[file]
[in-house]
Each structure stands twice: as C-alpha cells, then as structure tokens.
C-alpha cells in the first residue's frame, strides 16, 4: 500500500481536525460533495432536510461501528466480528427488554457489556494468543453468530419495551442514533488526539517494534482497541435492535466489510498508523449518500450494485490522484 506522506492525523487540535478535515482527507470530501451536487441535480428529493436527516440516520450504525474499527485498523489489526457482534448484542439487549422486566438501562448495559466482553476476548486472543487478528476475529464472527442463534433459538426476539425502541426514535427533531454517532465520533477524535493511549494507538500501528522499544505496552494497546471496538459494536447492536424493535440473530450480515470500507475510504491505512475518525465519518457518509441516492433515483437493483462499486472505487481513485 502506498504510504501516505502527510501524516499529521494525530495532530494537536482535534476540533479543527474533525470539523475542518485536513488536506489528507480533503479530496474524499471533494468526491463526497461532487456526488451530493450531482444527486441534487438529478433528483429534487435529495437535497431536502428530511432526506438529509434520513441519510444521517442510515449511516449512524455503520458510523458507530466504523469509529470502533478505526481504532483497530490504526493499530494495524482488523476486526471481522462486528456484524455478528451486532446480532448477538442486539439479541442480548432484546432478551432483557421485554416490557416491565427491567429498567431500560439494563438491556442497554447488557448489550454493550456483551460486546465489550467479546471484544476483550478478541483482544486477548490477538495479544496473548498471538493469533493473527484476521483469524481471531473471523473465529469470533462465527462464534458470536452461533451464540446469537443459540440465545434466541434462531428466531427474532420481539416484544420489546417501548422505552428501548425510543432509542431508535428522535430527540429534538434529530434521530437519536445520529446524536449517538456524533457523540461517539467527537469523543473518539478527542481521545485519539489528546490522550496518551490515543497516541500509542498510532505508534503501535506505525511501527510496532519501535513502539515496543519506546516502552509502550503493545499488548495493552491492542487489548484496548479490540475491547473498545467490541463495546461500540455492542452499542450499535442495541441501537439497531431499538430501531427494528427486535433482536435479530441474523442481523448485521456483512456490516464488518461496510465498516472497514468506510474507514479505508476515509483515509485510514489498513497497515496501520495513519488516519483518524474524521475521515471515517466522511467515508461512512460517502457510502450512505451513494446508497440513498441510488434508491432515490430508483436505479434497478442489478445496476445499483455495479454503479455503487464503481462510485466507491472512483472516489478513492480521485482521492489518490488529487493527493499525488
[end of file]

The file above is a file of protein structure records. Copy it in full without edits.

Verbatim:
[in-house]
Each structure stands twice: as C-alpha cells, then as structure tokens.
C-alpha cells in the first residue's frame, strides 16, 4: 500500500481536525460533495432536510461501528466480528427488554457489556494468543453468530419495551442514533488526539517494534482497541435492535466489510498508523449518500450494485490522484 506522506492525523487540535478535515482527507470530501451536487441535480428529493436527516440516520450504525474499527485498523489489526457482534448484542439487549422486566438501562448495559466482553476476548486472543487478528476475529464472527442463534433459538426476539425502541426514535427533531454517532465520533477524535493511549494507538500501528522499544505496552494497546471496538459494536447492536424493535440473530450480515470500507475510504491505512475518525465519518457518509441516492433515483437493483462499486472505487481513485 502506498504510504501516505502527510501524516499529521494525530495532530494537536482535534476540533479543527474533525470539523475542518485536513488536506489528507480533503479530496474524499471533494468526491463526497461532487456526488451530493450531482444527486441534487438529478433528483429534487435529495437535497431536502428530511432526506438529509434520513441519510444521517442510515449511516449512524455503520458510523458507530466504523469509529470502533478505526481504532483497530490504526493499530494495524482488523476486526471481522462486528456484524455478528451486532446480532448477538442486539439479541442480548432484546432478551432483557421485554416490557416491565427491567429498567431500560439494563438491556442497554447488557448489550454493550456483551460486546465489550467479546471484544476483550478478541483482544486477548490477538495479544496473548498471538493469533493473527484476521483469524481471531473471523473465529469470533462465527462464534458470536452461533451464540446469537443459540440465545434466541434462531428466531427474532420481539416484544420489546417501548422505552428501548425510543432509542431508535428522535430527540429534538434529530434521530437519536445520529446524536449517538456524533457523540461517539467527537469523543473518539478527542481521545485519539489528546490522550496518551490515543497516541500509542498510532505508534503501535506505525511501527510496532519501535513502539515496543519506546516502552509502550503493545499488548495493552491492542487489548484496548479490540475491547473498545467490541463495546461500540455492542452499542450499535442495541441501537439497531431499538430501531427494528427486535433482536435479530441474523442481523448485521456483512456490516464488518461496510465498516472497514468506510474507514479505508476515509483515509485510514489498513497497515496501520495513519488516519483518524474524521475521515471515517466522511467515508461512512460517502457510502450512505451513494446508497440513498441510488434508491432515490430508483436505479434497478442489478445496476445499483455495479454503479455503487464503481462510485466507491472512483472516489478513492480521485482521492489518490488529487493527493499525488